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Iowa police officer won’t be charged in fatal shooting of mother of three


This news story was published on March 1, 2015.
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police-body-cameraBURLINGTON, IOWA – An Iowa police officer acted within the law as he protected himself and shot a woman and her dog while responding to a domestic situation, a county attorney has determined.

Des Moines county Attorney Amy K. Beavers released a detailed statement this weekend which explained a shooting that occurred on Tuesday, January 6, at approximately 10:25 AM, when an officer from the Burlington Police Department responded to a domestic dispute in the 100 block of South Garfield Avenue in Burlington, which resulted in the death of a mother of three children by gunshot.

Autumn Mae Steele, 34, died while being treated for an apparent gunshot she received when officer Jesse Hill fired his weapon twice with one round striking Steele in the mid torso and the right arm. According to an account of the incident released by Beavers, a 911 call was made by Autumn Mae Steele’s husband, Gabriel, the morning of January 6, 2015. She had went to their home on violation of a no-contact order that had been recently set by a judge due to an earlier domestic incident. Witnesses described her chasing Gabriel out of they home that morning as he carried a child, and Autumn Mae Steele was violently striking Gabriel as officer Hill approached on foot. The family dog, a male German Shepherd named Sammy, then attacked officer Hill, jumping on his back.  Officer hill fired twice, once as he fell backward. Both Sammy and Autumn where shot and lay in the snow. Officer Hill had activated his body camera before he made contact, which assisted in forming the narrative of the fatal incident.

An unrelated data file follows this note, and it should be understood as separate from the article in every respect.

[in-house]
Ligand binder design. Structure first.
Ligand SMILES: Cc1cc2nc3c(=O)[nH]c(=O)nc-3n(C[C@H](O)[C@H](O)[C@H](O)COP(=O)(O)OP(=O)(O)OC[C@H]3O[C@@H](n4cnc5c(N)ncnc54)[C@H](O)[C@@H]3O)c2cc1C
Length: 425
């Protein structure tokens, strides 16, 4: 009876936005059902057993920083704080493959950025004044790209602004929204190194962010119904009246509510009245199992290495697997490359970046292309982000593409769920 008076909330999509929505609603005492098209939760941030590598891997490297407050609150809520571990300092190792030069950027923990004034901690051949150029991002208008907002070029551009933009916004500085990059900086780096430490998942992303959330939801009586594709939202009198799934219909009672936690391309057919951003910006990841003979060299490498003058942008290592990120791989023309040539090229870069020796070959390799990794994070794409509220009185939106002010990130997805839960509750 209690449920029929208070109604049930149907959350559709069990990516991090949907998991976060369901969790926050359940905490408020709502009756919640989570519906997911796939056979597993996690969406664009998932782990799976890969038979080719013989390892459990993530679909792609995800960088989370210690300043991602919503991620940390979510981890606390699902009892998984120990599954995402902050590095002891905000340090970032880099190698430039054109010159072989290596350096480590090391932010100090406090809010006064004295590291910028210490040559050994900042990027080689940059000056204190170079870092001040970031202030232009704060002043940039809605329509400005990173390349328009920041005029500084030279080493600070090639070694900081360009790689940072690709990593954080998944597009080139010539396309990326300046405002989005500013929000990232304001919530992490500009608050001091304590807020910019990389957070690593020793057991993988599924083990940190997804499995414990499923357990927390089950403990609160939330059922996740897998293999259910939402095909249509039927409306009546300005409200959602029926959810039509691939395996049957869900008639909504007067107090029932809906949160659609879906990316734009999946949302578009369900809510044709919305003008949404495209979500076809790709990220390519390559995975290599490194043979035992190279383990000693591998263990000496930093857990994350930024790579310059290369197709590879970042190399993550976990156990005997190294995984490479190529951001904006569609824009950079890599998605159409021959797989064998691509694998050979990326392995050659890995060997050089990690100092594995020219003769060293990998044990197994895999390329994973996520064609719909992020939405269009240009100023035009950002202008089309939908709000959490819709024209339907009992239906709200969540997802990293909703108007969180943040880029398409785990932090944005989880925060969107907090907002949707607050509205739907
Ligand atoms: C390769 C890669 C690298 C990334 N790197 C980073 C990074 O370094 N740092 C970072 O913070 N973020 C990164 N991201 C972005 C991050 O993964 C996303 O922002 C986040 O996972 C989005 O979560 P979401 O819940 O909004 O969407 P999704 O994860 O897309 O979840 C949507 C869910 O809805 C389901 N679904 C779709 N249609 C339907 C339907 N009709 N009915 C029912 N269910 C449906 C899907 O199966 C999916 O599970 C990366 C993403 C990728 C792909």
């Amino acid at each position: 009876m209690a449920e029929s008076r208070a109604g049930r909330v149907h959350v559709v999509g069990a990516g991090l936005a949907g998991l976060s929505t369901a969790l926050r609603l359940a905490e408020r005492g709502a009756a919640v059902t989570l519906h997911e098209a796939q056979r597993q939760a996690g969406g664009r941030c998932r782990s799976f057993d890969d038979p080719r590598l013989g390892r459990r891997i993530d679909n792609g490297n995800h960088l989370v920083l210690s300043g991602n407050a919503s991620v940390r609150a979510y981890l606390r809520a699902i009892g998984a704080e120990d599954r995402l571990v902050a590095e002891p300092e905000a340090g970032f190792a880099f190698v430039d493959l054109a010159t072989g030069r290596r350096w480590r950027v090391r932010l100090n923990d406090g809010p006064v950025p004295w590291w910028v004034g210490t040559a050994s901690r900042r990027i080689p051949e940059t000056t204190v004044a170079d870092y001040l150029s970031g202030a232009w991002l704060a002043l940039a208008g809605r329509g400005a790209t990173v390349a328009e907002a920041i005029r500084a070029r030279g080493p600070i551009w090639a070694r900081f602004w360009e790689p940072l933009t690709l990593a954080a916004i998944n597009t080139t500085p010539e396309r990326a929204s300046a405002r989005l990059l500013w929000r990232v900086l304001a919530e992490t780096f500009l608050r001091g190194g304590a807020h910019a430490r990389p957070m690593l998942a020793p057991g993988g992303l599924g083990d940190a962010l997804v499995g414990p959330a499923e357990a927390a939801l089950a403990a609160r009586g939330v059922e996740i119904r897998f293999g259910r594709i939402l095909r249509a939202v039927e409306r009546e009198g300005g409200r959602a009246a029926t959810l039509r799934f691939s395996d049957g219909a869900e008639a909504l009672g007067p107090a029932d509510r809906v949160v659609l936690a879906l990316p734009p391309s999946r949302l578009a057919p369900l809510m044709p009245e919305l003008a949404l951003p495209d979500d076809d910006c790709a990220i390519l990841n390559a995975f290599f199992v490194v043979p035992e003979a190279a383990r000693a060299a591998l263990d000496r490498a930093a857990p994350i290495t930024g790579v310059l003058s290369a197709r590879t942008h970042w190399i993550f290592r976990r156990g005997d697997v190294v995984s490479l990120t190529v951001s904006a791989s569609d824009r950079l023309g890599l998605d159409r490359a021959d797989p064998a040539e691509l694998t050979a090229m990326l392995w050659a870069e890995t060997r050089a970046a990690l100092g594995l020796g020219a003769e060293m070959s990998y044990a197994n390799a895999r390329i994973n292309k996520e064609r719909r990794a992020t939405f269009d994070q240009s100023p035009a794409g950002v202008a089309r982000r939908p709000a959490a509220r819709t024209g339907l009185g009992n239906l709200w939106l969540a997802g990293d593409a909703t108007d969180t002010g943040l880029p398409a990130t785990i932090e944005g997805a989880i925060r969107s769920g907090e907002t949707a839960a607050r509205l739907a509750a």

Autumn Mae Steele was later pronounced deceased.  She was a mother of three and a dental technician.

Officer Hill – who has been employed as an officer for the Burlington Police Department since August 13, 2013 – was taken to the Great River Medical Center and received treatment for the dog bite.

Sammy the dog sustained only a graze wound and survived.

Beavers articulated all possible charges that officer Hill could have faced in the shooting incident, including murder, manslaughter, involuntary manslaughter, etc., and determined that he acted within the law and no charges would be brought against him.

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One Response to Iowa police officer won’t be charged in fatal shooting of mother of three

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    sad but true Reply Report comment

    March 1, 2015 at 6:39 pm

    What would a cop have to do to be charged? How many unarmed people have to die?
    Just say you were felt threatened and start firing